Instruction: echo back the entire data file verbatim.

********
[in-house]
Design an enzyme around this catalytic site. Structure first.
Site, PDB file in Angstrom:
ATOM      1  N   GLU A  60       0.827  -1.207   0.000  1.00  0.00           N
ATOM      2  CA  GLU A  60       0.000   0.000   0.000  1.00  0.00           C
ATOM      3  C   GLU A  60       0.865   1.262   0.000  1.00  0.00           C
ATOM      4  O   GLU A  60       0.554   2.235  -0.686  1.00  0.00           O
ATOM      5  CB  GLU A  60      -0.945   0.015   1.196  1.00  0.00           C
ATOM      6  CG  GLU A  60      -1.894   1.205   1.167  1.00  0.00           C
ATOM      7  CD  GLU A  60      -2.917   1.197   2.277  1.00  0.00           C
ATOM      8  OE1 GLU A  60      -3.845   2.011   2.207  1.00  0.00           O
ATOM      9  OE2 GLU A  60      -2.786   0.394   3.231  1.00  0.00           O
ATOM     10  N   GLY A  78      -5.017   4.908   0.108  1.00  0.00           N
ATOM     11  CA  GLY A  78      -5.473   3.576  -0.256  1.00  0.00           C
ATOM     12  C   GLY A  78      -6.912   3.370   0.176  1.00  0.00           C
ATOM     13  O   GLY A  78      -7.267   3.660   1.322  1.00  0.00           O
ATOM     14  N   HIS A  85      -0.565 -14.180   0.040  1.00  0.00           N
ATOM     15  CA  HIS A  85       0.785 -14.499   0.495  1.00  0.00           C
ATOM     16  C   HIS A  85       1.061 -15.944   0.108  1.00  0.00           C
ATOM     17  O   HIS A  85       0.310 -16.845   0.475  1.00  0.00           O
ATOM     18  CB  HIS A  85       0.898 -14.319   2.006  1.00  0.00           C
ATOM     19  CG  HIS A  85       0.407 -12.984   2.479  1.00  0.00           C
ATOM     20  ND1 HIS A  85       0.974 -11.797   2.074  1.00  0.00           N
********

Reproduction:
[in-house]
Design an enzyme around this catalytic site. Structure first.
Site, PDB file in Angstrom:
ATOM      1  N   GLU A  60       0.827  -1.207   0.000  1.00  0.00           N
ATOM      2  CA  GLU A  60       0.000   0.000   0.000  1.00  0.00           C
ATOM      3  C   GLU A  60       0.865   1.262   0.000  1.00  0.00           C
ATOM      4  O   GLU A  60       0.554   2.235  -0.686  1.00  0.00           O
ATOM      5  CB  GLU A  60      -0.945   0.015   1.196  1.00  0.00           C
ATOM      6  CG  GLU A  60      -1.894   1.205   1.167  1.00  0.00           C
ATOM      7  CD  GLU A  60      -2.917   1.197   2.277  1.00  0.00           C
ATOM      8  OE1 GLU A  60      -3.845   2.011   2.207  1.00  0.00           O
ATOM      9  OE2 GLU A  60      -2.786   0.394   3.231  1.00  0.00           O
ATOM     10  N   GLY A  78      -5.017   4.908   0.108  1.00  0.00           N
ATOM     11  CA  GLY A  78      -5.473   3.576  -0.256  1.00  0.00           C
ATOM     12  C   GLY A  78      -6.912   3.370   0.176  1.00  0.00           C
ATOM     13  O   GLY A  78      -7.267   3.660   1.322  1.00  0.00           O
ATOM     14  N   HIS A  85      -0.565 -14.180   0.040  1.00  0.00           N
ATOM     15  CA  HIS A  85       0.785 -14.499   0.495  1.00  0.00           C
ATOM     16  C   HIS A  85       1.061 -15.944   0.108  1.00  0.00           C
ATOM     17  O   HIS A  85       0.310 -16.845   0.475  1.00  0.00           O
ATOM     18  CB  HIS A  85       0.898 -14.319   2.006  1.00  0.00           C
ATOM     19  CG  HIS A  85       0.407 -12.984   2.479  1.00  0.00           C
ATOM     20  ND1 HIS A  85       0.974 -11.797   2.074  1.00  0.00           N